With help of a grant, GVSU’s nationally acclaimed contemporary classical group – which has performed the music at National Parks across the country — will release the CD in April.
SCROLL DOWN FOR A VIDEO, PHOTO GALLERY FEATURING THE NATIONAL PARKS PROJECT
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Grand Valley State University students head back to class next week, but some of them already have been hard at work on a unique musical project that’s taken them to National Parks across the country and will likely add to the widespread accolades they’ve already received.
The New Music Ensemble at GVSU is polishing off work on a new album set for release next spring that was inspired by the beauty and power of the country’s National Parks.
“We have been working on this project since 2014 where we ask composers to write for a specific park,” said Bill Ryan, director of the ensemble. “Then we go to the park to play the music that inspired it.”
The commercial “Dawn Chorus” album officially gets released next spring – on April 24, 2020 – showcasing a collection of music the New Music Ensemble has performed in the National Parks to which they have traveled.
The music, Ryan said, reflects the immense diversity of the parks while capturing their breathtaking landscapes and natural beauty.
“There will be 11 compositions from Arches, Capitol Reef, Wind Cave, Badlands, Yellowstone and Grand Teton National Parks,” said Ryan, who started the New Music Ensemble in 2006 in an effort to provide a more enriching musical experience for GVSU students.
The undergraduate classical chamber ensemble — which currently features eight students — is dedicated to making an impact with its contemporary classical compositions, tours, recordings, collaborations, outreach events and workshops.
“I am a composer myself and advocate for new contemporary music,” Ryan said. “We didn’t have anything like that in place. When I was hired, I wanted to start something where we would have a vehicle in place and to bring in composers and play students new compositions.”
He added: “We have student compositions that we play as well as new professional pieces that are being written for us by composers.”
As a result, the New Music Ensemble has earned widespread, national acclaim for its recordings and its approach, with profiles in numerous publications including The New York Times and Billboard magazine.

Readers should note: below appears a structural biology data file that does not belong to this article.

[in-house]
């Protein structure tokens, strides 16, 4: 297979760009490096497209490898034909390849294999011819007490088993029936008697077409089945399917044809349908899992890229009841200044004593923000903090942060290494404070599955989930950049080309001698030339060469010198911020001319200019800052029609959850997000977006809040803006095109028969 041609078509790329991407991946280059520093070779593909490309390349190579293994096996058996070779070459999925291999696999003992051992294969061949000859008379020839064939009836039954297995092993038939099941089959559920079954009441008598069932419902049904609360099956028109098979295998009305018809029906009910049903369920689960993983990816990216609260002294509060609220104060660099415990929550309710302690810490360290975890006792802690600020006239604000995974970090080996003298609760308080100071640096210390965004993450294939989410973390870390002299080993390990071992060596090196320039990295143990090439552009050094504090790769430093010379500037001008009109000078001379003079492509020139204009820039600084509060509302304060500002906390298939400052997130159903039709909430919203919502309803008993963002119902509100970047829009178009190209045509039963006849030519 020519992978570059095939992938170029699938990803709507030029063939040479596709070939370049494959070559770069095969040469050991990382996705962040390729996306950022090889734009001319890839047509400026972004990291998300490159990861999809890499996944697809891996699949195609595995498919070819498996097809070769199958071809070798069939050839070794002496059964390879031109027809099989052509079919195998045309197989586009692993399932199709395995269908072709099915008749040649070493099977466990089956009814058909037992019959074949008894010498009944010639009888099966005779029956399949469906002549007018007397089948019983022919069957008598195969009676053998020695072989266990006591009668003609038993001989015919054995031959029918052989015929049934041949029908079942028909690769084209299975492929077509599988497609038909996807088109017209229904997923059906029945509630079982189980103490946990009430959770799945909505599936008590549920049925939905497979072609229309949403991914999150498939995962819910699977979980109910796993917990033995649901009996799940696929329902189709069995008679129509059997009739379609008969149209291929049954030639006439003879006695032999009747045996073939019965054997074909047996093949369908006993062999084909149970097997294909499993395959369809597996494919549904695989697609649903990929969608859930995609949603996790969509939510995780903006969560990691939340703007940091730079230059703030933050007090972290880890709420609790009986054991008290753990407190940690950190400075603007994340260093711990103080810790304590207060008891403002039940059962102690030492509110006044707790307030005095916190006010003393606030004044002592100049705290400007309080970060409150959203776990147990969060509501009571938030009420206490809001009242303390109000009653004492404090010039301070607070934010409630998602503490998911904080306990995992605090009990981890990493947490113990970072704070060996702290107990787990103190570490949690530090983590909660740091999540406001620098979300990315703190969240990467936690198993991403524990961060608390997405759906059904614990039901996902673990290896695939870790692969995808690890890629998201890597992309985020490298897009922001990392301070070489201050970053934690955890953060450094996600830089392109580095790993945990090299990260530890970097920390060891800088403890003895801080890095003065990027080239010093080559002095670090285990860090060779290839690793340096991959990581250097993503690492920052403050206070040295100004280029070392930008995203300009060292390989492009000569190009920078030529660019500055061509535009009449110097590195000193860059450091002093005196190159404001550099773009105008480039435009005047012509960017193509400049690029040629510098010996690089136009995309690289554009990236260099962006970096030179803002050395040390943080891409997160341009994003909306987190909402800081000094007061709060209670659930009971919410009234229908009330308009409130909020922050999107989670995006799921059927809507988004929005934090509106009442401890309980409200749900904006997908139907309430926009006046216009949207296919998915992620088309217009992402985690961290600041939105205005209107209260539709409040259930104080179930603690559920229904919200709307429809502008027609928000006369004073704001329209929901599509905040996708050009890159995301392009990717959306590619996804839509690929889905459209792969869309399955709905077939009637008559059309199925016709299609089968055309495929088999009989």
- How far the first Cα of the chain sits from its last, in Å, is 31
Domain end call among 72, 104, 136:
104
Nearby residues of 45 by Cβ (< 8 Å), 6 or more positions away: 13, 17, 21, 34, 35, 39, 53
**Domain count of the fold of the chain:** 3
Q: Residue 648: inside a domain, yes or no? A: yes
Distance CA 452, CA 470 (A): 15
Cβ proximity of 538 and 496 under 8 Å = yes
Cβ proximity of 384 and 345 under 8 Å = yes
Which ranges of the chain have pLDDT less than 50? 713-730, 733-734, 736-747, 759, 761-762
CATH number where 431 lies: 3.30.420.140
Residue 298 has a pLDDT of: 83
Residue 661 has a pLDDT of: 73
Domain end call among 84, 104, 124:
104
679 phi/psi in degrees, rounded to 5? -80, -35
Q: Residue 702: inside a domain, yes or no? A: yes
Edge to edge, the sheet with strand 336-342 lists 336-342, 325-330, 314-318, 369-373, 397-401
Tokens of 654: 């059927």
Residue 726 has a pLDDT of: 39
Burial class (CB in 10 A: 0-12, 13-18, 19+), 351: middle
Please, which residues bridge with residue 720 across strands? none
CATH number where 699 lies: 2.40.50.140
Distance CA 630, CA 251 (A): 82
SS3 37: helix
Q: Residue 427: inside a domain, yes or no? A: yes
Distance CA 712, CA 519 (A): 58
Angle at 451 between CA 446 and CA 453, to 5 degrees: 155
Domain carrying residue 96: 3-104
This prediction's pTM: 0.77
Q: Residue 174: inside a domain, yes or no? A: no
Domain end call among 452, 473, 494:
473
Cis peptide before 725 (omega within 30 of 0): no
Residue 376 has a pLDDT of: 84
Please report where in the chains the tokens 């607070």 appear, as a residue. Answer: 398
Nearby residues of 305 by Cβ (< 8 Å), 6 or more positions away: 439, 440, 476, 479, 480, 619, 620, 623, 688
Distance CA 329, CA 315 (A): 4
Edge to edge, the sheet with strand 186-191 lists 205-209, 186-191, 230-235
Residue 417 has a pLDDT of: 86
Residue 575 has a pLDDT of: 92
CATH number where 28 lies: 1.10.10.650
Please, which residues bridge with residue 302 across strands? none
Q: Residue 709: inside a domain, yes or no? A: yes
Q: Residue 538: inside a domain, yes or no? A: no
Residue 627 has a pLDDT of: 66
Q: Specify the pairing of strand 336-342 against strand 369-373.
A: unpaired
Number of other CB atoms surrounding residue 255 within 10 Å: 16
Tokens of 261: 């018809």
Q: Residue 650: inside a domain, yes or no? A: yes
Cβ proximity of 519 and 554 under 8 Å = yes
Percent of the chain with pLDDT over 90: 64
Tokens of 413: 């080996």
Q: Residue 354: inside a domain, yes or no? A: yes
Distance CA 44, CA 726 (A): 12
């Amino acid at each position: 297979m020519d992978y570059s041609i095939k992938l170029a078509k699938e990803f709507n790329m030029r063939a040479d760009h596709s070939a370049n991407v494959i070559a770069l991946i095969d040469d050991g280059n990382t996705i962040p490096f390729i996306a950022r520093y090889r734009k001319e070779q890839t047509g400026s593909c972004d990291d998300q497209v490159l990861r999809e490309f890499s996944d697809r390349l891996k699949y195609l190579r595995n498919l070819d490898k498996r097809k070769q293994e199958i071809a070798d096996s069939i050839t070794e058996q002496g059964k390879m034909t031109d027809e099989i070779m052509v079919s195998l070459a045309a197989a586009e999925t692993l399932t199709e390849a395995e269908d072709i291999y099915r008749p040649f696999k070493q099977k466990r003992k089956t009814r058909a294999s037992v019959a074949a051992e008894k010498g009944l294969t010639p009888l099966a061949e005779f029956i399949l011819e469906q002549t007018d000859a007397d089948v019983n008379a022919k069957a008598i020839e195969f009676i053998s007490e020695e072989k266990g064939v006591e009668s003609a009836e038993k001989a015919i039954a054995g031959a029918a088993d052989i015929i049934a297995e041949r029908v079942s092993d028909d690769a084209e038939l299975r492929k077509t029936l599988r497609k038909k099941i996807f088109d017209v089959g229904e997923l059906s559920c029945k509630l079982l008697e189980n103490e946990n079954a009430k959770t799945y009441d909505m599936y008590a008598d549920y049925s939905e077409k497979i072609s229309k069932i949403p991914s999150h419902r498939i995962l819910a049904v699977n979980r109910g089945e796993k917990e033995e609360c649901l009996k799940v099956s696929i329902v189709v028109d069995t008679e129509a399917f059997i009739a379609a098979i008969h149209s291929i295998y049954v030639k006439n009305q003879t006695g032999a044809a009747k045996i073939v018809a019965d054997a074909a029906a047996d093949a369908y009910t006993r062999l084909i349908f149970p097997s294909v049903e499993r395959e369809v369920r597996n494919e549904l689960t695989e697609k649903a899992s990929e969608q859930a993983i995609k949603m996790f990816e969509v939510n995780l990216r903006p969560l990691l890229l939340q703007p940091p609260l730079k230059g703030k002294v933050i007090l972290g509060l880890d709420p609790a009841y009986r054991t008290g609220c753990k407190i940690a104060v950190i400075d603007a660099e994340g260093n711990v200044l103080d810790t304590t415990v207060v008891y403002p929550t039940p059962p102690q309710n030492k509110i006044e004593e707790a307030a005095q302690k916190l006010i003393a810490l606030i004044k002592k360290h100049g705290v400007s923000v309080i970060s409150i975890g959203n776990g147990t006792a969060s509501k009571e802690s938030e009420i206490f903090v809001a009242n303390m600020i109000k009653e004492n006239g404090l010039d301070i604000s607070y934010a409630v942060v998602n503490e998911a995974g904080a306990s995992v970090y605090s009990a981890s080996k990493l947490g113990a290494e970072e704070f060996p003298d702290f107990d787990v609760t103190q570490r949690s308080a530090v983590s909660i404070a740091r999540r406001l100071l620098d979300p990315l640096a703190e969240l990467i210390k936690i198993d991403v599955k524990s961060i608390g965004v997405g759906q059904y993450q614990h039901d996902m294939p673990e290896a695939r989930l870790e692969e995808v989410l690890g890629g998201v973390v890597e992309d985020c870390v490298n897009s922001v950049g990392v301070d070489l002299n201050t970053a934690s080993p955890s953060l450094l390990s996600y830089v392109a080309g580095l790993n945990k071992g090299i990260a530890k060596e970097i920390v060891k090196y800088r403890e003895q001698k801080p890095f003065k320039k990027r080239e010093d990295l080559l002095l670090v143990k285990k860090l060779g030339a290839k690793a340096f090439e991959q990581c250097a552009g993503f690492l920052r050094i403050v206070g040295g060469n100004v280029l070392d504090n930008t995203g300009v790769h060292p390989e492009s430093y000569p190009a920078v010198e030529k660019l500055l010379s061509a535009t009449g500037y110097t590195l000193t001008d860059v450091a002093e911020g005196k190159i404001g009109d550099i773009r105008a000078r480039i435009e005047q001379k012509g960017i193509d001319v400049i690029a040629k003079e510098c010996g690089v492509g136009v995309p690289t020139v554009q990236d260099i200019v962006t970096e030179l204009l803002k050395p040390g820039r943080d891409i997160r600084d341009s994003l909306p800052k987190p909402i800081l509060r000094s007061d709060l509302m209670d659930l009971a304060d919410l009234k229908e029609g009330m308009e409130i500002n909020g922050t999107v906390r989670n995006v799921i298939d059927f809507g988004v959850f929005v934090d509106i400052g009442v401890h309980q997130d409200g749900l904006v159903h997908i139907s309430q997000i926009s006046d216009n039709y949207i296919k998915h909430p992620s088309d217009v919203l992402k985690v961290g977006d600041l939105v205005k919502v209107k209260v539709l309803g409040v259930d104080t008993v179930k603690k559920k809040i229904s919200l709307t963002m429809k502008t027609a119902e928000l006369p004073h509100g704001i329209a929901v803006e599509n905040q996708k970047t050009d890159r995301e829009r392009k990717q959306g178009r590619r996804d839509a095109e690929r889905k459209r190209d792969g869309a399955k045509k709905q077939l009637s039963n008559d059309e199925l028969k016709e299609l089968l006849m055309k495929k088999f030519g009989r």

GETTING ‘A LOT OF ATTENTION ON THE NATIONAL LEVEL’
The group has released four critically acclaimed recordings that were named to year-end best-albums lists by the New York Times, National Public Radio, The Washington Post, The L.A. Weekly, Time Out Chicago and others.
The ensemble also has been featured in WNYC’s Radiolab with its music appearing in film and television shows and at film festivals around the world.
In July, the New Music Ensemble received a $4,000 New Music USA grant to help cover the costs associated with having the upcoming album professionally mastered for commercial release. Only 114 grant awards were made from about 1,500 applications, and it’s the second New Music USA Project Grant the group has received.
“Historically, our recordings have gotten a lot of attention on the national level and we are very excited about this award,” Ryan said.
The ensemble has completed five major concert tours: the Mid-Atlantic in 2011, National Parks in 2014, 2016 and 2018, and the Midwest in 2016. With the help of donations and grants, students have performed their music in Arizona, Colorado, Georgia, Illinois, Indiana, Maryland, Minnesota, Montana, New York and elsewhere.
And Ryan said the group will continue to travel and share its music.
“I think it’s a unique opportunity for students to present new music that has never been presented before,” Ryan said. “You don’t get that opportunity a lot with classical music.”
Students are given the opportunity to work directly with the commissioned composer on pieces written specifically for each instrument. This gives students insights into how each part is played. It also allows students to understand the emotion and meaning the composer wants the audience to take away from the piece.
“I tell the composers the instruments and they write for them,” Ryan said. “If they are local, they will come in with rough drafts and performance material to work with the students on.”
The instruments vary, but usually include flute, clarinet, saxophone, violin, cello and percussion as well as electronic platforms.
VIDEO: GVSU New Music Ensemble, “National Park Adventure”
PHOTO GALLERY: New Music Ensemble at National Parks (2018)
Photos by John Jansen